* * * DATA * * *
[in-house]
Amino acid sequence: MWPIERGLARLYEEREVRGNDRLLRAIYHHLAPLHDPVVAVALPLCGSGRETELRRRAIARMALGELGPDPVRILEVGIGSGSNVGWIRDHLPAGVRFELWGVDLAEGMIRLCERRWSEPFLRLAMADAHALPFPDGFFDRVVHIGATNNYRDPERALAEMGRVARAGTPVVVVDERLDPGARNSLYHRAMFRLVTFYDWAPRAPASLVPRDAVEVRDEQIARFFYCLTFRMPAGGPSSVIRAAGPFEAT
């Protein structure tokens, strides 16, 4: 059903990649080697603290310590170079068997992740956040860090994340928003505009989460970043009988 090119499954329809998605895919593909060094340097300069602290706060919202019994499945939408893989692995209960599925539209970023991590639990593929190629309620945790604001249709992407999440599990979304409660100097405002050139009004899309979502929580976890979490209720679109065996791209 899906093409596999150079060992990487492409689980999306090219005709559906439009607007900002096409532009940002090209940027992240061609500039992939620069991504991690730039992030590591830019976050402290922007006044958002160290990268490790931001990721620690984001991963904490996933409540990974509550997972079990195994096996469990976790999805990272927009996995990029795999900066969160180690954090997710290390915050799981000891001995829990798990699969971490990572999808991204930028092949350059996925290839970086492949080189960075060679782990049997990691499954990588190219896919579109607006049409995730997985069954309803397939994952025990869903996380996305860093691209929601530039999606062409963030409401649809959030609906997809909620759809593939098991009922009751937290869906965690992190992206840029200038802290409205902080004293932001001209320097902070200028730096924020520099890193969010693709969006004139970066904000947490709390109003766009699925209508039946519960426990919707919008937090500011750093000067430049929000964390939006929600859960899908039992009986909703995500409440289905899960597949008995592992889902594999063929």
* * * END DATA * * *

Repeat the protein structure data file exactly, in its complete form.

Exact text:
[in-house]
Amino acid sequence: MWPIERGLARLYEEREVRGNDRLLRAIYHHLAPLHDPVVAVALPLCGSGRETELRRRAIARMALGELGPDPVRILEVGIGSGSNVGWIRDHLPAGVRFELWGVDLAEGMIRLCERRWSEPFLRLAMADAHALPFPDGFFDRVVHIGATNNYRDPERALAEMGRVARAGTPVVVVDERLDPGARNSLYHRAMFRLVTFYDWAPRAPASLVPRDAVEVRDEQIARFFYCLTFRMPAGGPSSVIRAAGPFEAT
């Protein structure tokens, strides 16, 4: 059903990649080697603290310590170079068997992740956040860090994340928003505009989460970043009988 090119499954329809998605895919593909060094340097300069602290706060919202019994499945939408893989692995209960599925539209970023991590639990593929190629309620945790604001249709992407999440599990979304409660100097405002050139009004899309979502929580976890979490209720679109065996791209 899906093409596999150079060992990487492409689980999306090219005709559906439009607007900002096409532009940002090209940027992240061609500039992939620069991504991690730039992030590591830019976050402290922007006044958002160290990268490790931001990721620690984001991963904490996933409540990974509550997972079990195994096996469990976790999805990272927009996995990029795999900066969160180690954090997710290390915050799981000891001995829990798990699969971490990572999808991204930028092949350059996925290839970086492949080189960075060679782990049997990691499954990588190219896919579109607006049409995730997985069954309803397939994952025990869903996380996305860093691209929601530039999606062409963030409401649809959030609906997809909620759809593939098991009922009751937290869906965690992190992206840029200038802290409205902080004293932001001209320097902070200028730096924020520099890193969010693709969006004139970066904000947490709390109003766009699925209508039946519960426990919707919008937090500011750093000067430049929000964390939006929600859960899908039992009986909703995500409440289905899960597949008995592992889902594999063929």